A state-owned pharmaceutical
company would be the best way to keep the costs of medication down, the
National Education Health and Allied Workers Union (Nehawu) said on Monday.
Spokesman Sizwe Pamla said
in a statement that privately-owned drug companies were motivated by profit
rather than the well-being of those who rely on their medications.
"We should also
remember that these people make their money from co-modifying and prolonging
sickness and not from curing it.
"It is therefore naive
of us to believe that they would have any self-restraint."
He was responding to a
report last week that a group of multinational drug companies operating in
South Africa were looking at strategies to block proposed legislation aimed at
weakening drug patent laws.
Reduce the costs
According to the report,
the section of the proposed policy relating to health would help to reduce the
costs of medication for a range of medications, including antiretroviral and
Pamla said healthcare costs
were frequently inflated by the costs of medicines, many of which were patented
"Our research shows
that the impact of the improvement in distribution which will result from the
proposed establishment of a national health insurance and the establishment of
a state-owned pharmaceutical company is the most sustainable way of expanding
domestic production to meet the country's needs."
Disappointed in the government
The union was disappointed
that the government had not implemented a resolution taken at the African National
Congress's 52nd national conference, held in Polokwane in 2007, to establish a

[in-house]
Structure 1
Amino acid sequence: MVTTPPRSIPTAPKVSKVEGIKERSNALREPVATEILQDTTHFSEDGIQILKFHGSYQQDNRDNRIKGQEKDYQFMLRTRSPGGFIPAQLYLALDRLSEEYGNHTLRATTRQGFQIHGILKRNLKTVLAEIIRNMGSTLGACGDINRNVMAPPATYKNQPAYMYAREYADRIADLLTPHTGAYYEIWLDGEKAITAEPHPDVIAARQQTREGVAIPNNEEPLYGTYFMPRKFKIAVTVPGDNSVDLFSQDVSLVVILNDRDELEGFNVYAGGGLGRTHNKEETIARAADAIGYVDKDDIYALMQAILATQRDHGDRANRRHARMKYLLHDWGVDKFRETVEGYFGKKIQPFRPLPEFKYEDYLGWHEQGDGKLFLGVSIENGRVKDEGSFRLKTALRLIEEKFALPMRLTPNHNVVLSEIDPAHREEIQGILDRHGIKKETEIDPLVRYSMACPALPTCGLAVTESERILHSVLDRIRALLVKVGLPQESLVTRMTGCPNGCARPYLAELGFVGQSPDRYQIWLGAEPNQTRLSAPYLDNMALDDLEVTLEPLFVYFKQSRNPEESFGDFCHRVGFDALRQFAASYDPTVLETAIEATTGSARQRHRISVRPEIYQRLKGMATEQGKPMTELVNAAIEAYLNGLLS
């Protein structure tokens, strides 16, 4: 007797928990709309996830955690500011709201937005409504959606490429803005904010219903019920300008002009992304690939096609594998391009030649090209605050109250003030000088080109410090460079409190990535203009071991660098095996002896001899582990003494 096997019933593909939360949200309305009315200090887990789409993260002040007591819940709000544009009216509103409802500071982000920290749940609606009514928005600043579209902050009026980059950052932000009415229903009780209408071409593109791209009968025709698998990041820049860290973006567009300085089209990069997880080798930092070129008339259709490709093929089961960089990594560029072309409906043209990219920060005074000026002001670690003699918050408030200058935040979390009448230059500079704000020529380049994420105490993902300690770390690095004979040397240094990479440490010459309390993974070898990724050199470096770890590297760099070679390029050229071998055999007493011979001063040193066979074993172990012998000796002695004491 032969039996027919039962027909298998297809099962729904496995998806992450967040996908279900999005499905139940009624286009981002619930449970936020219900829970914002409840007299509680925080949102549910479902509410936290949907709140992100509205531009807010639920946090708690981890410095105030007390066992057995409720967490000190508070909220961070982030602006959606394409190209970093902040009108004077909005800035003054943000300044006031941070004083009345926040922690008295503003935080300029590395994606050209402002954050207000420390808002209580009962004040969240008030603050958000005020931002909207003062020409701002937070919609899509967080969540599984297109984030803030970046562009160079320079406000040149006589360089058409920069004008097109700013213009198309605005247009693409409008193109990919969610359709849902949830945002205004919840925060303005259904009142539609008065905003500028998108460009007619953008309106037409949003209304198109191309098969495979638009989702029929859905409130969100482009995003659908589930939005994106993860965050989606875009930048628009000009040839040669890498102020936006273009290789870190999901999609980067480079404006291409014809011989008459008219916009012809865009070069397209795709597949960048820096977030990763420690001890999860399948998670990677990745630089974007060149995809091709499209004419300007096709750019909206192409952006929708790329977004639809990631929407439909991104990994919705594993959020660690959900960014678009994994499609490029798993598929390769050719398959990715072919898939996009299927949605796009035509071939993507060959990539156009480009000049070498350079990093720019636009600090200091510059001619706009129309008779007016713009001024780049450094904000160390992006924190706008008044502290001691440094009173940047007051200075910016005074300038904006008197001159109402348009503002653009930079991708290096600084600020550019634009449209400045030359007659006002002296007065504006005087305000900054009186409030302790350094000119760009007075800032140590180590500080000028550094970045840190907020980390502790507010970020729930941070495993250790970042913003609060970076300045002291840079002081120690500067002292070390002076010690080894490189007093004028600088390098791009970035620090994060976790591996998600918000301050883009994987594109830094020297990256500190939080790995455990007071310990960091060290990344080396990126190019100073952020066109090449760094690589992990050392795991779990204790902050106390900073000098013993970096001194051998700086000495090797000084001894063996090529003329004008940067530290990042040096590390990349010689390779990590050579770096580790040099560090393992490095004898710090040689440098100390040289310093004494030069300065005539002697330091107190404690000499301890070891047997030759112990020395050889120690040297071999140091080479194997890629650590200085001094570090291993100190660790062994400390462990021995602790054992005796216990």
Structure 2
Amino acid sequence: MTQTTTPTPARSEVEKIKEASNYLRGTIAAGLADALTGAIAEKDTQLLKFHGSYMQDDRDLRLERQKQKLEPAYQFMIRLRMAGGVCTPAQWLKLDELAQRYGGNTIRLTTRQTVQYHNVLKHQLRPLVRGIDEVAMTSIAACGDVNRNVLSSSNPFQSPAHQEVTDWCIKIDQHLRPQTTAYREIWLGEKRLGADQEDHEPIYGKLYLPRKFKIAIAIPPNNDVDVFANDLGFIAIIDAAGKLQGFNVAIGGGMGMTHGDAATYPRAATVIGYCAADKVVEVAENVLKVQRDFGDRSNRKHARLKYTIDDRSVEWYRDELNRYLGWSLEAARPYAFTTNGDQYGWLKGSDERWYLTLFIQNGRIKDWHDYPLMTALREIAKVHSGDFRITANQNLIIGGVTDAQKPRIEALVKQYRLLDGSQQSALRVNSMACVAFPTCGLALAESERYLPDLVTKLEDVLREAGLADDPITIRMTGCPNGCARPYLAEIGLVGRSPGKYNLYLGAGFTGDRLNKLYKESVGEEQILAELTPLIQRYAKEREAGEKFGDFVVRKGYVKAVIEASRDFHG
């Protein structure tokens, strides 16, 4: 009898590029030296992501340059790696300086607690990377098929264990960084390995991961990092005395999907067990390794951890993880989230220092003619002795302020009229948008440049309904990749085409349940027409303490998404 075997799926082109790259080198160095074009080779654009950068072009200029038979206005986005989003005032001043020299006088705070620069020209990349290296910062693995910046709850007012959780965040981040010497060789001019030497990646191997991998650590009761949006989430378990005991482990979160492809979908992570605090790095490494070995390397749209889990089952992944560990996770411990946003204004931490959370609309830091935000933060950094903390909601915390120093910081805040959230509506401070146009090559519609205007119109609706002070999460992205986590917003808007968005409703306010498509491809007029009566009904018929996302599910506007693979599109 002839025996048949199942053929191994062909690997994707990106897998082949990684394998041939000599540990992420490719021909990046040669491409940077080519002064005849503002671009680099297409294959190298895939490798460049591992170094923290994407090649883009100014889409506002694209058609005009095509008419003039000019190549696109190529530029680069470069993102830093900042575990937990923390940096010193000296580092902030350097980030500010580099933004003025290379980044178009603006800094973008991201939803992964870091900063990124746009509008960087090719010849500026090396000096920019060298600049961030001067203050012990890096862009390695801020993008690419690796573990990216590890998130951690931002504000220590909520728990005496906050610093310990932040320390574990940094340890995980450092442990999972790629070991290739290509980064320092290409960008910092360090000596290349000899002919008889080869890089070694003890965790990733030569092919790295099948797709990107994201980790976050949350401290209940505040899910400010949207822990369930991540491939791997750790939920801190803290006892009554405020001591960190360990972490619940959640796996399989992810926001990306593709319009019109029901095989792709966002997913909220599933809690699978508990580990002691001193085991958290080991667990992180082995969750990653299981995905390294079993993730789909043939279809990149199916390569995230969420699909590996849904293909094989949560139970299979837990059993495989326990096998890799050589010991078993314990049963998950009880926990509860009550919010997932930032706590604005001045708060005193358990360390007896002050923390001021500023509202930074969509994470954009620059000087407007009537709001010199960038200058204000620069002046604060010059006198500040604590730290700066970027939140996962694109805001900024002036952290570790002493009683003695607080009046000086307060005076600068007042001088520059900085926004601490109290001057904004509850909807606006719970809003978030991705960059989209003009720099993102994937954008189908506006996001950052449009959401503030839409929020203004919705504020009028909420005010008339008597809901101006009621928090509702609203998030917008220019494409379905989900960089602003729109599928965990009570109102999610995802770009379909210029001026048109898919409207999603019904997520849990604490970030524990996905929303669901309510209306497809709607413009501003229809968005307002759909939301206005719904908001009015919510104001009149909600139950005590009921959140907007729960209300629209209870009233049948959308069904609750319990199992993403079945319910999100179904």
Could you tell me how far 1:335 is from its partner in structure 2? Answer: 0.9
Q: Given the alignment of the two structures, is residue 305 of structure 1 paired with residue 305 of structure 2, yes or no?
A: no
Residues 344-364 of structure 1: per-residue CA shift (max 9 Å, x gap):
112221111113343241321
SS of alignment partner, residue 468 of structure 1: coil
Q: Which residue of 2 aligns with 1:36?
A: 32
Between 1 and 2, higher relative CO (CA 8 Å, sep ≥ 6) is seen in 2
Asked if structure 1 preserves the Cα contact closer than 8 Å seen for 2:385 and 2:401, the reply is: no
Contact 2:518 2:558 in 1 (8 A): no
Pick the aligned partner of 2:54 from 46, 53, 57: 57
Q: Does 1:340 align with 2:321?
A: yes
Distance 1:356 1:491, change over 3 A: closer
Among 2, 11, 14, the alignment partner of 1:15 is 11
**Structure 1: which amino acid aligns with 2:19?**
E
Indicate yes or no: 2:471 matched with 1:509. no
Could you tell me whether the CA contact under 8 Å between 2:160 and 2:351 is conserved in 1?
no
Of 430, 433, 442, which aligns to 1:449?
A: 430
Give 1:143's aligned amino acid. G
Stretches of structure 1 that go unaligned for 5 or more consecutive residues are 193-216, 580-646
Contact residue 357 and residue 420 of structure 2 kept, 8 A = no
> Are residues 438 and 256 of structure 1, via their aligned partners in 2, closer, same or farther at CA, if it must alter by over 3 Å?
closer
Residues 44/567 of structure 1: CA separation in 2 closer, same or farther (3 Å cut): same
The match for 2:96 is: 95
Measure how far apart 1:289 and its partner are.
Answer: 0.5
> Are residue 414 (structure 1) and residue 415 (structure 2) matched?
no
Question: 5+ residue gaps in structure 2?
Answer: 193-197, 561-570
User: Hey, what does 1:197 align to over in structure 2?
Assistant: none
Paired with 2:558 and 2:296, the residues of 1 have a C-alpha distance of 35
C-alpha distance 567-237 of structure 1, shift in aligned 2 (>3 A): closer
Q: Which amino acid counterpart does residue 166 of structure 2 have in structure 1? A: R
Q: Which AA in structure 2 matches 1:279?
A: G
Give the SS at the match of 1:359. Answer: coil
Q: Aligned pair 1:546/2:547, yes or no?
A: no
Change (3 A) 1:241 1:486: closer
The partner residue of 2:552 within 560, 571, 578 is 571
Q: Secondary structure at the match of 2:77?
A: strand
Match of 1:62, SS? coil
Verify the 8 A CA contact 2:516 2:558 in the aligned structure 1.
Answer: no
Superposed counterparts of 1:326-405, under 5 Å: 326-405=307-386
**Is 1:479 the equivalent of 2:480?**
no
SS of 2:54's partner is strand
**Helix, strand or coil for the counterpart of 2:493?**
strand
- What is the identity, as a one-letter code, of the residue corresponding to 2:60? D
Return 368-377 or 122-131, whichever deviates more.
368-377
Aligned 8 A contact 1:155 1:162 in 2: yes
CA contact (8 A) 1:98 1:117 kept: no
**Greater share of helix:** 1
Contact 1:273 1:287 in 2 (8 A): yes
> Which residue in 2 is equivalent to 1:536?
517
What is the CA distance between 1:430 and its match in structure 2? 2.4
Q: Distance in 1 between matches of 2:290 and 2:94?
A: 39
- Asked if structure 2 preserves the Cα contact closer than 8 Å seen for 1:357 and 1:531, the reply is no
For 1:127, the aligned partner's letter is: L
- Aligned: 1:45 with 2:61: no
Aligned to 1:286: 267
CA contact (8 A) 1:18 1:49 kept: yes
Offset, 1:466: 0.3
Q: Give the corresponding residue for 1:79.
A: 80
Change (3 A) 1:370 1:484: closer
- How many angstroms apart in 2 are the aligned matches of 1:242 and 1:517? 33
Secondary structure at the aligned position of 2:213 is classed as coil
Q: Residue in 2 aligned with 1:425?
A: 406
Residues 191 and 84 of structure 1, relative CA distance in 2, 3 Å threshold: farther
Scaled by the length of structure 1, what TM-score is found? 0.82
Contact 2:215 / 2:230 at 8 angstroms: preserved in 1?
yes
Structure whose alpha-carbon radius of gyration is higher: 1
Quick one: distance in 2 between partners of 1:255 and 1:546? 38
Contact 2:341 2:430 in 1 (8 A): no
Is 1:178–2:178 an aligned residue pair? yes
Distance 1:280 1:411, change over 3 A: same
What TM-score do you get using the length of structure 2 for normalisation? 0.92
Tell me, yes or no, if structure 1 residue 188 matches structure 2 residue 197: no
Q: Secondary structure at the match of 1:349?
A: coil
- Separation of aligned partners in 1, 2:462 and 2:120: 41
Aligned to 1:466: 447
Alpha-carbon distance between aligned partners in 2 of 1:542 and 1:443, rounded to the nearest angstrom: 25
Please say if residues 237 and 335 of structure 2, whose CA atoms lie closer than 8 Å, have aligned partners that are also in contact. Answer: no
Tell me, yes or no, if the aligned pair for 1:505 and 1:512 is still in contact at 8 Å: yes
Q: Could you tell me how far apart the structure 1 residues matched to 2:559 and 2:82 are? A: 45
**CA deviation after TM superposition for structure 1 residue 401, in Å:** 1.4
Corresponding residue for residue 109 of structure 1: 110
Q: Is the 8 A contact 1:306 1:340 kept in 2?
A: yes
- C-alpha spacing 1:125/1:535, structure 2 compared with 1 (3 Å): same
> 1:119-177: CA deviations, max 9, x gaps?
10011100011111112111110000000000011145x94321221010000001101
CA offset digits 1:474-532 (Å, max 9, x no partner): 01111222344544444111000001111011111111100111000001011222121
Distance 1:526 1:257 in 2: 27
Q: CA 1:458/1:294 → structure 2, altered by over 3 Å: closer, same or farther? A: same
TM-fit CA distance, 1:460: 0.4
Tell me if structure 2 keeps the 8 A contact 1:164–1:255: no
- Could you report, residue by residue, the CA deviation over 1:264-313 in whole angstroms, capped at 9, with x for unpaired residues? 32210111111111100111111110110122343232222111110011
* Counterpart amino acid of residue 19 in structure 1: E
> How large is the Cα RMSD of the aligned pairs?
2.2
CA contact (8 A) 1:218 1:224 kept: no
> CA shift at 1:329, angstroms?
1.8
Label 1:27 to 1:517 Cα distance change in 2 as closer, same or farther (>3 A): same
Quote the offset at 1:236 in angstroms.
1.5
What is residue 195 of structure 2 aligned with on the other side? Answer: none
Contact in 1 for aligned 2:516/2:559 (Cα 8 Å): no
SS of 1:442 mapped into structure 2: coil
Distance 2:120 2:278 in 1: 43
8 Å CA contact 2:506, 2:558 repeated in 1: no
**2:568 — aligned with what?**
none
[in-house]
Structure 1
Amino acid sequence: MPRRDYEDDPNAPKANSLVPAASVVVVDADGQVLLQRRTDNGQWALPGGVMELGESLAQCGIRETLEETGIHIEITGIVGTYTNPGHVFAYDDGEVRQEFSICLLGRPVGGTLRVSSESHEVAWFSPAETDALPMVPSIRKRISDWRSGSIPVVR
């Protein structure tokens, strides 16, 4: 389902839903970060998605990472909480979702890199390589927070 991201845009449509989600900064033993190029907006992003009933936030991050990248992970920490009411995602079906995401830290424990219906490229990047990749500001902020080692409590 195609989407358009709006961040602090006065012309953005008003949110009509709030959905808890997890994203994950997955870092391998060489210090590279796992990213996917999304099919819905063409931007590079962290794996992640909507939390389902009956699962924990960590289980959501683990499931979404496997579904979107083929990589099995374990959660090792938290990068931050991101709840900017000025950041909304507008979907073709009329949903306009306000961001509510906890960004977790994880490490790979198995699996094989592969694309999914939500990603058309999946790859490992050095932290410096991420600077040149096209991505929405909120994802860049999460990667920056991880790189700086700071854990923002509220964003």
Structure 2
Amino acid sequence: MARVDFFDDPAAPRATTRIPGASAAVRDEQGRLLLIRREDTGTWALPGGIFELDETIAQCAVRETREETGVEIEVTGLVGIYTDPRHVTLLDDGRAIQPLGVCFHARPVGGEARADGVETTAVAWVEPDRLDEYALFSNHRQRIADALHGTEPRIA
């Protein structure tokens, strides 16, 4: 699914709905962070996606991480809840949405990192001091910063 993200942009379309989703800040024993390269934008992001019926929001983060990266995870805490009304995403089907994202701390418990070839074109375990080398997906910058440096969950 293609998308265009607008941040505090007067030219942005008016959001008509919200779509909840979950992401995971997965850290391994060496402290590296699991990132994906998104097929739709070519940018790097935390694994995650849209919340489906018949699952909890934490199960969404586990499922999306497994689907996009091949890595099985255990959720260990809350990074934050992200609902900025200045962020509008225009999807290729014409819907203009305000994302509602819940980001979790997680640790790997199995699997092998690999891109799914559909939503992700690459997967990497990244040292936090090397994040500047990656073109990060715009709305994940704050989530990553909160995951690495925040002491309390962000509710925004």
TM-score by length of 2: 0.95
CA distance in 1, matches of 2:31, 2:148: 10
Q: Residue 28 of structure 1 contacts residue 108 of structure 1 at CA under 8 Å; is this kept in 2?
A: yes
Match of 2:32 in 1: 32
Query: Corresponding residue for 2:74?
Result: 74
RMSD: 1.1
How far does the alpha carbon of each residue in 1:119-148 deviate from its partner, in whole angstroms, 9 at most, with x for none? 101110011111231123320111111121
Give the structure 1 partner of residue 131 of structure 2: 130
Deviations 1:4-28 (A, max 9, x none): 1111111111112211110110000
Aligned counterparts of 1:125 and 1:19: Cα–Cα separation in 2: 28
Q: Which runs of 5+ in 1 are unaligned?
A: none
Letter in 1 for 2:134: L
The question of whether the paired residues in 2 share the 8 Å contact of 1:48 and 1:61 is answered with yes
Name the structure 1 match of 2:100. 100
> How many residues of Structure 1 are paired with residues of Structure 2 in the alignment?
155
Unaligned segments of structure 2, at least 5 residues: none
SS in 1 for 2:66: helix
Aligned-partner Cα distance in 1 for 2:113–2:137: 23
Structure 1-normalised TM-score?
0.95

state-owned pharmaceutical manufacturer.
"This is essential to
the attainment of the health targets of the country and will also increase the
capacity of the state to provide an uninterrupted supply of medicines at a
scale which the National Health Insurance will require."
Pamla said it did not make
economic sense for the public healthcare system to rely on international drug
The companies referred to
in the media report on Friday were represented by the Innovative Pharmaceutical
Association of SA (Ipasa).
Ipasa then issued a
statement, saying it had rejected a wide-reaching strategy developed by
consultancy group Public Affairs Engagement (PAE).
This strategy reportedly
aimed at directing the nature of public discourse around the policy through a
massive public relations exercise directed from outside the country.
The PAE plan intended to
send the message that the policy could threaten investment and have negative economic
and social consequences.
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